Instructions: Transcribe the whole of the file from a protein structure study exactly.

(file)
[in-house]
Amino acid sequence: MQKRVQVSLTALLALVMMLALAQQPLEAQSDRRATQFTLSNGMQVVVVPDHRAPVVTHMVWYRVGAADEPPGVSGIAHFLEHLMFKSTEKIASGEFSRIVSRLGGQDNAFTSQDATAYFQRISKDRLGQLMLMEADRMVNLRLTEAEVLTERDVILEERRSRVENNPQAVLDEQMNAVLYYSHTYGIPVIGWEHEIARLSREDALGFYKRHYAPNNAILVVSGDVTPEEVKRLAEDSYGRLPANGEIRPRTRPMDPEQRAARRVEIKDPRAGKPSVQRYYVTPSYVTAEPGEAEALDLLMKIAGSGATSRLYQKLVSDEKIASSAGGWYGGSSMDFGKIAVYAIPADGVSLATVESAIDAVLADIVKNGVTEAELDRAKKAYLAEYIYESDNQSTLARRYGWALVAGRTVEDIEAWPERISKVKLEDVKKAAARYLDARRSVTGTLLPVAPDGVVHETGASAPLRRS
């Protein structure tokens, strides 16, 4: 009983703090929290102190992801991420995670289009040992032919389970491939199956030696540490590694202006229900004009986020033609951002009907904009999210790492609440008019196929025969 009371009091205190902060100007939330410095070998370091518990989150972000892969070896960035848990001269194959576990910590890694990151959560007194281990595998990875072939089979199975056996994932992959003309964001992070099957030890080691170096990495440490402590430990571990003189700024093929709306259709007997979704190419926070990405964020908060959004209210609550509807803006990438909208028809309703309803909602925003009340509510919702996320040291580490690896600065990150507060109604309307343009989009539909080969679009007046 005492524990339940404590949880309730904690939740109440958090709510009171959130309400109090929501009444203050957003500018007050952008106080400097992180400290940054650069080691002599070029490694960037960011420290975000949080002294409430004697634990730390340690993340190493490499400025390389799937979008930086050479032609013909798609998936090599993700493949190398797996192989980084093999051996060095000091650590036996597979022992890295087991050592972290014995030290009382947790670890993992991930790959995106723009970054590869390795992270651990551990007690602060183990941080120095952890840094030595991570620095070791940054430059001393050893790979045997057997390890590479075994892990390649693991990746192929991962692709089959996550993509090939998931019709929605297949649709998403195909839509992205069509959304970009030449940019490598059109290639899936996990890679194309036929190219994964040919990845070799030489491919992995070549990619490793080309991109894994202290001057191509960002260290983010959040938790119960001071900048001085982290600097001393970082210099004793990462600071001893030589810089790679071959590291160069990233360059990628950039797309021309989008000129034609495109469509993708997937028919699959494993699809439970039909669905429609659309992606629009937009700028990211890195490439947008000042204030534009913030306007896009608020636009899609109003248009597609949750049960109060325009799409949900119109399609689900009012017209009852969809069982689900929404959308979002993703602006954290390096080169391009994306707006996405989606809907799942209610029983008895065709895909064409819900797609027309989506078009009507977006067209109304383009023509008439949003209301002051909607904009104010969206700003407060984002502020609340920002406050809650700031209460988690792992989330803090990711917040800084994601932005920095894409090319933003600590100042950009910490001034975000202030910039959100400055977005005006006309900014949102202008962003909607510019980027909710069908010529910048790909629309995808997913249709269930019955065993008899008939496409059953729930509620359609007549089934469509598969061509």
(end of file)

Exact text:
[in-house]
Amino acid sequence: MQKRVQVSLTALLALVMMLALAQQPLEAQSDRRATQFTLSNGMQVVVVPDHRAPVVTHMVWYRVGAADEPPGVSGIAHFLEHLMFKSTEKIASGEFSRIVSRLGGQDNAFTSQDATAYFQRISKDRLGQLMLMEADRMVNLRLTEAEVLTERDVILEERRSRVENNPQAVLDEQMNAVLYYSHTYGIPVIGWEHEIARLSREDALGFYKRHYAPNNAILVVSGDVTPEEVKRLAEDSYGRLPANGEIRPRTRPMDPEQRAARRVEIKDPRAGKPSVQRYYVTPSYVTAEPGEAEALDLLMKIAGSGATSRLYQKLVSDEKIASSAGGWYGGSSMDFGKIAVYAIPADGVSLATVESAIDAVLADIVKNGVTEAELDRAKKAYLAEYIYESDNQSTLARRYGWALVAGRTVEDIEAWPERISKVKLEDVKKAAARYLDARRSVTGTLLPVAPDGVVHETGASAPLRRS
């Protein structure tokens, strides 16, 4: 009983703090929290102190992801991420995670289009040992032919389970491939199956030696540490590694202006229900004009986020033609951002009907904009999210790492609440008019196929025969 009371009091205190902060100007939330410095070998370091518990989150972000892969070896960035848990001269194959576990910590890694990151959560007194281990595998990875072939089979199975056996994932992959003309964001992070099957030890080691170096990495440490402590430990571990003189700024093929709306259709007997979704190419926070990405964020908060959004209210609550509807803006990438909208028809309703309803909602925003009340509510919702996320040291580490690896600065990150507060109604309307343009989009539909080969679009007046 005492524990339940404590949880309730904690939740109440958090709510009171959130309400109090929501009444203050957003500018007050952008106080400097992180400290940054650069080691002599070029490694960037960011420290975000949080002294409430004697634990730390340690993340190493490499400025390389799937979008930086050479032609013909798609998936090599993700493949190398797996192989980084093999051996060095000091650590036996597979022992890295087991050592972290014995030290009382947790670890993992991930790959995106723009970054590869390795992270651990551990007690602060183990941080120095952890840094030595991570620095070791940054430059001393050893790979045997057997390890590479075994892990390649693991990746192929991962692709089959996550993509090939998931019709929605297949649709998403195909839509992205069509959304970009030449940019490598059109290639899936996990890679194309036929190219994964040919990845070799030489491919992995070549990619490793080309991109894994202290001057191509960002260290983010959040938790119960001071900048001085982290600097001393970082210099004793990462600071001893030589810089790679071959590291160069990233360059990628950039797309021309989008000129034609495109469509993708997937028919699959494993699809439970039909669905429609659309992606629009937009700028990211890195490439947008000042204030534009913030306007896009608020636009899609109003248009597609949750049960109060325009799409949900119109399609689900009012017209009852969809069982689900929404959308979002993703602006954290390096080169391009994306707006996405989606809907799942209610029983008895065709895909064409819900797609027309989506078009009507977006067209109304383009023509008439949003209301002051909607904009104010969206700003407060984002502020609340920002406050809650700031209460988690792992989330803090990711917040800084994601932005920095894409090319933003600590100042950009910490001034975000202030910039959100400055977005005006006309900014949102202008962003909607510019980027909710069908010529910048790909629309995808997913249709269930019955065993008899008939496409059953729930509620359609007549089934469509598969061509």